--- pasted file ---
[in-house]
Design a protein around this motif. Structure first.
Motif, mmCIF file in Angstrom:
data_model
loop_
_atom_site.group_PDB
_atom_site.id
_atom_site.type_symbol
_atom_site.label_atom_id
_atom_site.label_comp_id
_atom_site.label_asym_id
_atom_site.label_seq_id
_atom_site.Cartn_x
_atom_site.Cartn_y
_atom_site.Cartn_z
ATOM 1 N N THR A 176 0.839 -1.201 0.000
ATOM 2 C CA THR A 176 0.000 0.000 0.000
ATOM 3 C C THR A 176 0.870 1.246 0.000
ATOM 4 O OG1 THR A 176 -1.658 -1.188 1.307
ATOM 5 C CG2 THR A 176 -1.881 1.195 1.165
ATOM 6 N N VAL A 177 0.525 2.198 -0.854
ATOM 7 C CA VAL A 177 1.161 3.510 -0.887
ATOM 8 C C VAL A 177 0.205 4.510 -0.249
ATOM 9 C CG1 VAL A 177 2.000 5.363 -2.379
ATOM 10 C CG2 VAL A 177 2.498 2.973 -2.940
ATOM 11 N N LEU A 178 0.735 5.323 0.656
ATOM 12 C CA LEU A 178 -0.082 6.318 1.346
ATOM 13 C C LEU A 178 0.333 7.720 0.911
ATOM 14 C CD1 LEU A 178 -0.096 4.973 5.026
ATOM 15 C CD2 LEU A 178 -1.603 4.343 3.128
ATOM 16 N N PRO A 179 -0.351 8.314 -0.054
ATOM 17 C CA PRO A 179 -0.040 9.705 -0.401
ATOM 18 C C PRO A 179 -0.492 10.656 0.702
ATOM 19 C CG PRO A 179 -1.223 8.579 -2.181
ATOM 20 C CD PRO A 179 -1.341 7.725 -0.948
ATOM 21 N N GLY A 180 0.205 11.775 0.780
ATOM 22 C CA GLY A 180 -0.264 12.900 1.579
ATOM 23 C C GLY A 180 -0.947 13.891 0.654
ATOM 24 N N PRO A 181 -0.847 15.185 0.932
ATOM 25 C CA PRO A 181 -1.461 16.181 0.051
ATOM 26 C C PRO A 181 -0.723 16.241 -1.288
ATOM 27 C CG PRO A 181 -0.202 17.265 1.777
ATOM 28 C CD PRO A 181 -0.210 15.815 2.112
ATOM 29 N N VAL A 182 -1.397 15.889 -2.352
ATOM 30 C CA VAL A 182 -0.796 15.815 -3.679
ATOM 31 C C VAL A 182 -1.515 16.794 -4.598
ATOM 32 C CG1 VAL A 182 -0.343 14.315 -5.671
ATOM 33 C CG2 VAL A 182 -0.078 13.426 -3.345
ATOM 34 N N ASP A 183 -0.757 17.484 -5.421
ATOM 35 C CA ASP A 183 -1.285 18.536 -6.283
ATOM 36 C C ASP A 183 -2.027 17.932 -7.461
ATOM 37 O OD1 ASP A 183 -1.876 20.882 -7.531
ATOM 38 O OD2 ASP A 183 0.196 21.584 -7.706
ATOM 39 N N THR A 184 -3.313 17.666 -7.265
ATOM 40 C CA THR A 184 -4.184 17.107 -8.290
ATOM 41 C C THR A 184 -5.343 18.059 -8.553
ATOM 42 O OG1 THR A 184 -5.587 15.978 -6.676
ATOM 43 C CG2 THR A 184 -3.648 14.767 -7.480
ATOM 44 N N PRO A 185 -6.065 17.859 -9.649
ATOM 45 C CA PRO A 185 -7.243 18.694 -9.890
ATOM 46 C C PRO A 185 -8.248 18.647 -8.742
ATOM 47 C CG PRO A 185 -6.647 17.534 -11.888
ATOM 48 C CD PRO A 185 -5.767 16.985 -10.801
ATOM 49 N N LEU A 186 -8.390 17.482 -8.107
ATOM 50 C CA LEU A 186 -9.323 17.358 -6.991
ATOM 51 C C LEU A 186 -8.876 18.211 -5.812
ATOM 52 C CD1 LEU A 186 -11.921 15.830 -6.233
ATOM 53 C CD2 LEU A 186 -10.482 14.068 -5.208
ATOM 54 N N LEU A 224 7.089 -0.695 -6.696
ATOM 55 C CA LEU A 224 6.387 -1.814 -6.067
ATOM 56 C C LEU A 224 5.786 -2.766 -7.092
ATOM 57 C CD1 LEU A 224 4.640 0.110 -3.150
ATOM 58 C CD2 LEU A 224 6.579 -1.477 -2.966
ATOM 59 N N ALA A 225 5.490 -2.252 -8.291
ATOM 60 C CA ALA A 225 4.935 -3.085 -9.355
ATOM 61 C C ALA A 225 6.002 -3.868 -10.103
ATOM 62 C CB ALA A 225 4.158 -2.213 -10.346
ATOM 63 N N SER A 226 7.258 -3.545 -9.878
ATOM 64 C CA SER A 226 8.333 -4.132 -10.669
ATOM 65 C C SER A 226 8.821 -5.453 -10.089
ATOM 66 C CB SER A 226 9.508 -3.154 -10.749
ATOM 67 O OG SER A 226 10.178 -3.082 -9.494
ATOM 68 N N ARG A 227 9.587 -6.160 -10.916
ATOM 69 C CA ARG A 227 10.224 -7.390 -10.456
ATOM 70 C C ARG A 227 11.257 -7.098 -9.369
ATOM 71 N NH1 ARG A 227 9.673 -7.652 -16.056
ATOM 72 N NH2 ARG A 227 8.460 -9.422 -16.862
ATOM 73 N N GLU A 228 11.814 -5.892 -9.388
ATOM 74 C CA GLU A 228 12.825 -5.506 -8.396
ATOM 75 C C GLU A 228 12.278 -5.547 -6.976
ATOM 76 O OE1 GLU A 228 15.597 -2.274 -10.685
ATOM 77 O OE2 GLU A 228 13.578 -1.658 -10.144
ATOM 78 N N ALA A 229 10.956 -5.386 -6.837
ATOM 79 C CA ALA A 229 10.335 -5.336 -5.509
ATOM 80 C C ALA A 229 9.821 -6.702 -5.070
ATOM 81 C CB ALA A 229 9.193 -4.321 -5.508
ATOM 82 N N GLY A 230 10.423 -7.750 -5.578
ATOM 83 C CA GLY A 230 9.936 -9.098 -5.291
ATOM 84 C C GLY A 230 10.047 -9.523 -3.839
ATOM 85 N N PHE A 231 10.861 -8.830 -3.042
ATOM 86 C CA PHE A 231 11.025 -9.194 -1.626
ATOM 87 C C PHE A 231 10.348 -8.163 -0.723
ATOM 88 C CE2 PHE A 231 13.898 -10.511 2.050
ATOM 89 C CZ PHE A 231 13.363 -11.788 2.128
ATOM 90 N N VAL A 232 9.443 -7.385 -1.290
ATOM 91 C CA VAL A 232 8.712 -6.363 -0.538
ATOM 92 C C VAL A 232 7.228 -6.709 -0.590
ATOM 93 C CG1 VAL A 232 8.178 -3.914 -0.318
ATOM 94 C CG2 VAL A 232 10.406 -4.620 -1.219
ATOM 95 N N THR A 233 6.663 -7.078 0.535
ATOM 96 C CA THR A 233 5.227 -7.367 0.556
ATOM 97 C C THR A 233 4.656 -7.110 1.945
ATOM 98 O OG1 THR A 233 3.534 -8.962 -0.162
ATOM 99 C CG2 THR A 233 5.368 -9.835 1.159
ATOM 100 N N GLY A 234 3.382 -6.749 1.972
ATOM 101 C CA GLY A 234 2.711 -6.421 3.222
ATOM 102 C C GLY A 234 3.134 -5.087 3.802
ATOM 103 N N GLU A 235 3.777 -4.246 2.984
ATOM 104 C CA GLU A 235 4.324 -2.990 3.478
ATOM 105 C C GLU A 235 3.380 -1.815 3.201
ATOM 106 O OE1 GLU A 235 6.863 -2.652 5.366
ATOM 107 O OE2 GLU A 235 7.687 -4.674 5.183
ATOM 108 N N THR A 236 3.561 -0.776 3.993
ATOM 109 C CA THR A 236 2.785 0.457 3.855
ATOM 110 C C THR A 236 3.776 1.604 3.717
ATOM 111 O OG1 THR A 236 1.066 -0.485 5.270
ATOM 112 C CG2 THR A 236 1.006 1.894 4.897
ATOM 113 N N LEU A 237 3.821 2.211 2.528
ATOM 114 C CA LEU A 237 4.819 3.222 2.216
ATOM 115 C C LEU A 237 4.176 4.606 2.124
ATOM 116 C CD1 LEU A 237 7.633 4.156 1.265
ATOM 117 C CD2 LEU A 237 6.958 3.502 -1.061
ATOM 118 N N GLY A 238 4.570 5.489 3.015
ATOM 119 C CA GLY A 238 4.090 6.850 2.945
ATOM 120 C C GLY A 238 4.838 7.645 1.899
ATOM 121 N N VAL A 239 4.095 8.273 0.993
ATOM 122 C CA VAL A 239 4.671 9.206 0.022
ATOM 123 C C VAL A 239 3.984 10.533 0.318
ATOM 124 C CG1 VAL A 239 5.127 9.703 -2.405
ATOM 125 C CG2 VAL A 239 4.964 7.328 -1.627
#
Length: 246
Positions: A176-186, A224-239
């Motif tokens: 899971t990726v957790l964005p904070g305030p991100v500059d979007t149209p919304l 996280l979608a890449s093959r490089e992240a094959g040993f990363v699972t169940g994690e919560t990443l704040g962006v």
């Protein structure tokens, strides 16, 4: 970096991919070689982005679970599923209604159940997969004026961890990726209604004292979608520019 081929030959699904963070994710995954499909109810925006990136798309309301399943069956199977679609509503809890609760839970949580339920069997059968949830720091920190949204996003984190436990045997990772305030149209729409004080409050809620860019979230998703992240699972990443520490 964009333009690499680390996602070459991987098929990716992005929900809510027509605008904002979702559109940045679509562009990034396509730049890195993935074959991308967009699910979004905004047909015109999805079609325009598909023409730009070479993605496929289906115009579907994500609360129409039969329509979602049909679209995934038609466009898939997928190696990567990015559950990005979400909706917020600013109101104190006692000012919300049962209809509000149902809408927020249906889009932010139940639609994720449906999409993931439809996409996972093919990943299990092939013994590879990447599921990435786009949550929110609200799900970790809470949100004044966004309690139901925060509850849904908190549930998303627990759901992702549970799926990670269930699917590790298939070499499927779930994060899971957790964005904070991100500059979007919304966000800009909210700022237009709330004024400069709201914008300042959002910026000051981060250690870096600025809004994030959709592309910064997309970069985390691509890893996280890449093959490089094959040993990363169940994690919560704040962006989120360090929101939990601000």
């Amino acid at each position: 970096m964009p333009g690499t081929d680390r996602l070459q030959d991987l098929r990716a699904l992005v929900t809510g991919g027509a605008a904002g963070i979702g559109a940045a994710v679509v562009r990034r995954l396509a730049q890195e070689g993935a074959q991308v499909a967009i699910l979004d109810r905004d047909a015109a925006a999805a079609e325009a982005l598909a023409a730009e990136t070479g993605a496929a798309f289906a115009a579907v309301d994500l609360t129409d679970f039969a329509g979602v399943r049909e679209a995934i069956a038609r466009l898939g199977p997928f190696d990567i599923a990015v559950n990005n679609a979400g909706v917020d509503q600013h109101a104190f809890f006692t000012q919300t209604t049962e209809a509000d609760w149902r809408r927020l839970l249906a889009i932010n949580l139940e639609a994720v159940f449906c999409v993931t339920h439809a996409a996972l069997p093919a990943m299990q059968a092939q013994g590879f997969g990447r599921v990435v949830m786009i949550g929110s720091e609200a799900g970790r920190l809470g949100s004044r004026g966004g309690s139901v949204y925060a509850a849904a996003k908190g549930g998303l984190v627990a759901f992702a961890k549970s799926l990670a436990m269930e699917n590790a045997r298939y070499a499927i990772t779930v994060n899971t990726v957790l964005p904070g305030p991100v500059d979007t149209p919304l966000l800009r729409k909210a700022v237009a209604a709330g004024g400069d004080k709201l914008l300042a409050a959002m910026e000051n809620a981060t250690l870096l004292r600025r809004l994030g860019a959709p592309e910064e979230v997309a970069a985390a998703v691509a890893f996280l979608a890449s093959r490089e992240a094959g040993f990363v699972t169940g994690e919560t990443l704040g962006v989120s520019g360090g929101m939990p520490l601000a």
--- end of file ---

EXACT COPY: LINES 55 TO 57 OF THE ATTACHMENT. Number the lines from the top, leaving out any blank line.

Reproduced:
ATOM 40 C CA THR A 184 -4.184 17.107 -8.290
ATOM 41 C C THR A 184 -5.343 18.059 -8.553
ATOM 42 O OG1 THR A 184 -5.587 15.978 -6.676